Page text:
The variable capacitor came from a transistor AM/FM portable radio, and the coil forms were built using 1/2″ plastic water line tubing with RCA plugs (they looked like the coils that came with the Heath ‘Tunnel Dipper’ and the HD-1250).  The nuvistor dipper worked better than the GD-1, so I eventually sold the repaired GD-1 on EBay (making a very small profit).



HD-1250’s do show up on Ebay quite often.  Many times the owner thinks they are ‘rare’ and wants a king’s ransom for them, or the auction ends in a bidding frenzy with the unit going for more than it’s worth.  The schematic for this kit is available on line, and after seeing the parts list I felt that I might be able to build my own version of it, IF I could find a suitable variable capacitor.

The several dip oscillators I’d built using variable capacitors from AM broadcast receivers convinced me that this was not the way to go.  BCB tuning capacitors have two sections, with the oscillator portion about half the value of the antenna side.  I’d tried wiring them up with the larger section both ways (on the ‘gate’, ‘base’ or  ‘grid side, and also on the ‘drain’, ‘collector’ or ‘plate’) end.  One way works better on HF coils, the other on VHF.  You really want a variable cap with both sections having the same value.  You could yank plates out of the antenna side so it would be the same (at the maximum setting) as the oscillator side, but the two sections would not track over 180 degrees.  It would probably work better than stock, but there would still be the problem of having less range per coil.  Instead of needing 5 or 6 coils to cover the desired frequency range, you might need nearly a dozen. (My nuvistor dip meter has a set of 9 coils).

Then one day we cleaned out my mother-in-laws house and found an old Sears transistor portable radio  It had a three section, air spaced tuning capacitor with a built in ball bearing vernier drive.  Two of the sections were identical for the antenna and RF stages, the oscillator section was the usual cut down with about half the max value as the other two.  A portable radio with an RF stage is rather rare, this must have been a high quality radio when new.  While it did work, there had been some damage from leaky batteries, and the case was ratty from being stored in a damp location.  We didn’t need yet another AM portable radio, so I happily decided to scrap it for parts.  While a bit larger physically than I’d like, the tuning capacitor with its two 250pf sections was just what the doctor ordered for building a HD-1250 clone!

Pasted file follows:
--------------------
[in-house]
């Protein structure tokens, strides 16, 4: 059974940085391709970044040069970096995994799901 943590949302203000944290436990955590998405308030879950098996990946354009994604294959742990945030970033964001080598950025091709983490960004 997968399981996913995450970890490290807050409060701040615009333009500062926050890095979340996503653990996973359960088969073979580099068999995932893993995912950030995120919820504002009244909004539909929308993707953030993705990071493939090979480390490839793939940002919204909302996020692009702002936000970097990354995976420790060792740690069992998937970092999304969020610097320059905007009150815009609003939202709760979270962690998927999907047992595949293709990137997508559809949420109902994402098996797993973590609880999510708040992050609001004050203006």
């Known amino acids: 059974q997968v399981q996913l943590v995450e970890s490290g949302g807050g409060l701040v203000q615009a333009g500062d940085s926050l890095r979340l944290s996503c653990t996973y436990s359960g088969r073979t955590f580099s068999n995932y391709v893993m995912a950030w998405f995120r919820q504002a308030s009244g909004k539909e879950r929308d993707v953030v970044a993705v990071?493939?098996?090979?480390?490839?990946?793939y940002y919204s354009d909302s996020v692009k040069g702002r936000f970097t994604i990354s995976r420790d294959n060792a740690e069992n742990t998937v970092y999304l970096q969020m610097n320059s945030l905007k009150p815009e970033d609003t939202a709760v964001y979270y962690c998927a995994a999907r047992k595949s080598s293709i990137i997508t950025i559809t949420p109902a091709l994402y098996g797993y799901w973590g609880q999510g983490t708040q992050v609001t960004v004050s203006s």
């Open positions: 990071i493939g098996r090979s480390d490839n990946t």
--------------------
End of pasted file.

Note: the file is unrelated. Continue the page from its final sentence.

The circuit of the HD-1250 used two transistors.  The oscillator was a high frequency NPN, and there was a dual gate Mosfet a buffer stage between the oscillator pickup and the detector stage using hot carrier diodes that drive the meter.  The part numbers given were Heath house numbers, but I determined that an MPS5179 (2N5179) would work in the oscillator.  This is a low voltage (9v) NPN transistor with an FT of over 1000 mhz.  An RCA 40673 would sub for the Heath numbered Mosfet.  I had some hot carrier (Schottky) diodes in the parts bin, as well as the other two mentioned transistors.  The HD-1250 used a 150ua meter, I had two NOS 50ua meters marked ‘Lafayette’ I’d found at a hamfest.

The next problem would be to find a suitable box to build it in.  The junque box had a few nice looking mini boxes. I tried the variable capacitor on for size and selected a box that was just deep enough to fit.  While larger than the real HD-1250, it was still comfortable in the hand.

Ever since the ‘Tunnel Dipper’, Heath has used RCA sockets and plugs for dip meter coils.  This worked fine in the tunnel dipper circuit, but the split section tuning capacitor in the HD-1250 really should require the use of a ‘balanced’ coil socket.  So I went back to the crystal socket I used in rebuilding the GD-1, and made the plug in coils using ‘Banana’ plugs, bits of PC board, and plastic water line. Five coils tune the range from 1.3 Mhz to 150 Mhz, a sixth hair pin coil extends the range to 175 Mhz, but it oscillates poorly.


Like the Heath HD-1250, the circuit was built on two circuit boards.  Both circuit boards were etched using a sharpie marker for resist and HCl-H2O2 for the etching solution.

The board closest to the coil socket is the oscillator, the board on the other side of the variable capacitor is the amplifier-detector board.  In hind sight, I should have done this the other way.  On the highest frequencies the variable capacitor itself forms part of the coil, and on the highest frequency coils connecting the oscillator at the coil socket is taping down on each end of the coil, reducing the amount of coupling.  That’s probably why the hairpin coil oscillates so poorly.


I added an RCA jack to the bottom of the unit.  It connects to the cathode of diode D21 in the schematic to provide a sample of the oscillator signal.  I can connect a frequency counter here for calibration of the dial scale, or a more accurate frequency readout.

I think that except for the lower frequency range (the HD-1250 goes up to 250 Mhz) my unit works as well as the original.  If I ever find a used HD-1250 at a good price I might buy one, but for now I’m happy with my clone.